The findings have large-scale implications for projecting changes in arsenic concentrations with land development in South and Southeast Asia and for the terrestrial carbon cycle.

"If you change the hydrology of a region by building dams or levies that change the course of the water, or if you change agricultural practices and introduce oxygen or nitrate into sediments where they didn't exist before, that will alter the release of arsenic," Fendorf said.

The above post is reprinted from materials provided by Stanford's School of Earth, Energy & Environmental Sciences.

Post a Comment

Sudarsan Sahu said... January 12, 2016 at 11:01 AM

Many many congrats to Dr Scott Fendorf. He has done really a great job. So much pain he has taken to reach the goal through conducting so much in-situ experiments. We people never realize the thing without such field demonstrations.
Earlier, we have drawn more than similar of such conclusions for the middle Ganga Plain (MGP), where arsenic level at places exceeds even 2000 ppb. Being people from Central Ground Water Board, we possess lots of field experience (geomorphology) and have exposure to number of shallow as well as deeper borehole lithologs (sedimentology and stratigraphy). Our understanding was also in the same line as Dr Fendorf. At different times through different publications, we emphasized on the following points:
1. Distribution pattern of groundwater arsenic bears significant correlation with the floodplain geomorphologic elements with characteristic stratigraphic sequence.
2. Elevated concentrations of arsenic are observed close to the organic matter (OC) rich clayey deposits in the abandoned/palaeochannel cut-offs.
3. The sandier areas (point bar ridges, levees) in the plain are low in arsenic.
4. The thickness of the dark grey to black coloured clay/mud cover overlying the shallow aquifer and the availability of OC are the controlling factors for arsenic release in MGP.
5. The spatial variability of groundwater arsenic is closely associated with the variability of OC in argillaceous sedimentary bodies and their release to groundwater.
6. The spread of the reducing environment depends on the volume of organic carbon release, hydraulic conductivity in the aquifer, groundwater flow, and the volume of fresh oxic water recharge.
7. We also hypothesized a source–distance relation between the arsenic concentration and the OC rich clay plugs.
8. Enhanced groundwater withdrawal and increase in frequency of withdrawal, causes high agitations and fluctuations in water table, causing release of more OC to groundwater, consequently increasing the level of arsenic in groundwater.
We do also say the microbes at shallow level consuming OC at the expense of available oxygen, thereby producing a reducing environment. Repeatedly we are talking of the variation in geomorphic environment in the floodplain and underlying lithology to be the cause behind spatial variability of groundwater arsenic. Again, I congrat Dr Scott Fendorf and his team, who have finally helped to erase the mystery of spatial variability of groundwater arsenic. Now, at least, no one sholud ponder over this and think beyond for its remedial measures and providing arsenic free potable water to lakhs of people threatened with arsenic poisoning. Below are given some of our publications with the above said findings.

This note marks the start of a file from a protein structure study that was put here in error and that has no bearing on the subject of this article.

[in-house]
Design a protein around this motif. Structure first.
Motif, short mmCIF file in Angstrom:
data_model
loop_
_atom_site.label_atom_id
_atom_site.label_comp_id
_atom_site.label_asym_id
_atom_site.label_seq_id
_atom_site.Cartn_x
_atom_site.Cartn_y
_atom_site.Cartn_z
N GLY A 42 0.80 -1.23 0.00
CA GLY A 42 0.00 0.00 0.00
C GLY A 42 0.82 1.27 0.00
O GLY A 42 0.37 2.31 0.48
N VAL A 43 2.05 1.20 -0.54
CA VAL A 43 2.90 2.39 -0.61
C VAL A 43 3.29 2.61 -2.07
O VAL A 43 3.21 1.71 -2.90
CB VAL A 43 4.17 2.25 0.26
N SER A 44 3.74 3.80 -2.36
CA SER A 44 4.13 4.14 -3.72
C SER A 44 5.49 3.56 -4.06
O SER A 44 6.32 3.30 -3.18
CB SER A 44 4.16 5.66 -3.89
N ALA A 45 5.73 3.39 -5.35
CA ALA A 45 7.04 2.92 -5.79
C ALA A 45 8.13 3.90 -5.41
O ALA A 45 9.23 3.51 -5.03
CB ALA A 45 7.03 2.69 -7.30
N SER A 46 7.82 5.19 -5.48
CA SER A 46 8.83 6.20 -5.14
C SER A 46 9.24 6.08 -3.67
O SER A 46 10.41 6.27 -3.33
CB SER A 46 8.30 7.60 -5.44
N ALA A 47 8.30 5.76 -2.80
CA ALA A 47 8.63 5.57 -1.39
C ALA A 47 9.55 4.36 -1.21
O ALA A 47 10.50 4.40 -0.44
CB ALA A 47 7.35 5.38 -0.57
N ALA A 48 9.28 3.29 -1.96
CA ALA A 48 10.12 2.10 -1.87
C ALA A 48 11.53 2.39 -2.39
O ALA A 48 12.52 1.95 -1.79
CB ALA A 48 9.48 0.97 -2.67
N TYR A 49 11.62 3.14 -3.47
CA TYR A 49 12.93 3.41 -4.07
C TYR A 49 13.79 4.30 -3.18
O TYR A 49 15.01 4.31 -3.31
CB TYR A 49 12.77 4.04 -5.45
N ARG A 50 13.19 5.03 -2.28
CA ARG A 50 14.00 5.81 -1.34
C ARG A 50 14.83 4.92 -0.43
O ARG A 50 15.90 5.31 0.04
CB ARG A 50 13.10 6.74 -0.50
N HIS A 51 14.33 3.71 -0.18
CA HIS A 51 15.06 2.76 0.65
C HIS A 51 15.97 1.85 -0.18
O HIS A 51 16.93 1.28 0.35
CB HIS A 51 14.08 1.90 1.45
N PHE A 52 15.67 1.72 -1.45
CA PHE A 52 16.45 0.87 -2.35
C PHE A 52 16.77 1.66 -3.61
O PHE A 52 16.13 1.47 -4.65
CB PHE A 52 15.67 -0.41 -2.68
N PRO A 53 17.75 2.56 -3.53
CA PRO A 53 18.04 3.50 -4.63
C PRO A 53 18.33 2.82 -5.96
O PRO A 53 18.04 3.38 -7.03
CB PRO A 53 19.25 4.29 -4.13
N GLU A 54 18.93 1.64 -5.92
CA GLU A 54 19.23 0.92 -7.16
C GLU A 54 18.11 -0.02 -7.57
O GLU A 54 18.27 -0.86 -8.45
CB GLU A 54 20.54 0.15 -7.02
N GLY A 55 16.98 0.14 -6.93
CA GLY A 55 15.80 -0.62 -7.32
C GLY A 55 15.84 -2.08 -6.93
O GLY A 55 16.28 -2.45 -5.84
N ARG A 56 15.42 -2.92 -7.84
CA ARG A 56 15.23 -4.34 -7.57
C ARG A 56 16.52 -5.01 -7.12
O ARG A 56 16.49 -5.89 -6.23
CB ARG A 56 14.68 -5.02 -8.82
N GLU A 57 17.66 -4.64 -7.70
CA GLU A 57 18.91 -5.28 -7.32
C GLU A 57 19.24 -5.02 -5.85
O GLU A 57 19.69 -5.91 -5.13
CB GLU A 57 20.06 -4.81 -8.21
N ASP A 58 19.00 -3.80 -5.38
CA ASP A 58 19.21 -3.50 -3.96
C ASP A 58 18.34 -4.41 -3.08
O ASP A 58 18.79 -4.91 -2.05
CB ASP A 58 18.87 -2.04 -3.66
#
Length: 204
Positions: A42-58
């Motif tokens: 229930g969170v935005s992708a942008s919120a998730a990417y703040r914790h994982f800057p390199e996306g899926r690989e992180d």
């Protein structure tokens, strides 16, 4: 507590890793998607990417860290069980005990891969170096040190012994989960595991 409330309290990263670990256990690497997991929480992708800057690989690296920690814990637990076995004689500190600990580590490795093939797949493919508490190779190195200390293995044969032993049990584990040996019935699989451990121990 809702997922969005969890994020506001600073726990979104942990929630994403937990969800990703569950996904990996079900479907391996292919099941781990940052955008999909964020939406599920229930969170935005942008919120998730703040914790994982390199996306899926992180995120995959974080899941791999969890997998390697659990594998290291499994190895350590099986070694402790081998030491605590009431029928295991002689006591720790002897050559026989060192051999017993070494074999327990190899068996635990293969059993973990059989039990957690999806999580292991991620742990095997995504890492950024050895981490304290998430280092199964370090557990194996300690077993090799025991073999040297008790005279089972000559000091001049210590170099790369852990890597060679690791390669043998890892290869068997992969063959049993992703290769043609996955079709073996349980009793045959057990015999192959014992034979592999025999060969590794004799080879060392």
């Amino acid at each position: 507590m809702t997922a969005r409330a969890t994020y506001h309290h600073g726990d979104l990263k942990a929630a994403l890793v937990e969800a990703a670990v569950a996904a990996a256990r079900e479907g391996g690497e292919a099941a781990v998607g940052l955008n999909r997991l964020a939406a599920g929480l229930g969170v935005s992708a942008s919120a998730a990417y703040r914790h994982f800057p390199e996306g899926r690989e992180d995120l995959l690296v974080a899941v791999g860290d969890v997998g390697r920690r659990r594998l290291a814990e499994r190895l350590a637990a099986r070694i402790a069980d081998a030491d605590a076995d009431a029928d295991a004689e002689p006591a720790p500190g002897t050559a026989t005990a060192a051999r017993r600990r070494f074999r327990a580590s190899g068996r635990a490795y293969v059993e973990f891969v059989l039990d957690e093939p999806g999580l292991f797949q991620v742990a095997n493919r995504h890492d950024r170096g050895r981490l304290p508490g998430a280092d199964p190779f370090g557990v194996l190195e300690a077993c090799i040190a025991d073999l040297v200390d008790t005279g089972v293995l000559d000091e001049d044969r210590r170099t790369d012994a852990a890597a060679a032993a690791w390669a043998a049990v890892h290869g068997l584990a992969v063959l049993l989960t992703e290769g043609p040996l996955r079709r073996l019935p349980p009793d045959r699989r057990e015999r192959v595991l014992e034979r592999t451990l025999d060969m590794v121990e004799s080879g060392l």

Saha D, Sahu S, Chandra PC (2011) Delineating arsenic-safe deeper aquifers and their hydraulic parameters in parts of Middle Ganga Plain, Eastern India. Environ Monit Assess. doi 10.1007/s10661-010-1535-z.
Sahu S, Saha D (2013) Geomorphologic, stratigraphic and sedimentologic evidences of tectonic activity in Sone-Ganga alluvial tract in Middle Ganga Plain, India. Jour of Earth System Science. 123, No. 6, pp. 1335–1347.
Sahu S, Saha D (2014) Correlation between stratigraphy, flood plain geomorphology and arsenic distribution in groundwater of in Middle Ganga Plain, Bihar, India. Environmental Earth Science. ISSN 1866-6280. DOI 10.1007/s12665-014-3637-3.
Saha D, Sahu S (2014) A decade of investigations on groundwater arsenic contamination in Middle Ganga Plain, India. Environmental Geochemistry and Health. ISSN 0269-4042. DOI 10.1007/s10653-015-9730-z.
Sahu S, Saha D (2015) Locating safe shallow aquifers in groundwater arsenic contaminated areas of Middle Ganga Plain, India: A geomorphic and stratigraphic approach. Abstract Volume. India Water Week, Pragati Maidan, New Delhi.
Sahu S (2013) Hydrogeological conditions and geogenic pollution in parts of western Bihar. PhD thesis submitted to Department of Geology, Banaras Hindu University, Varanasi. Uttar Pradesh.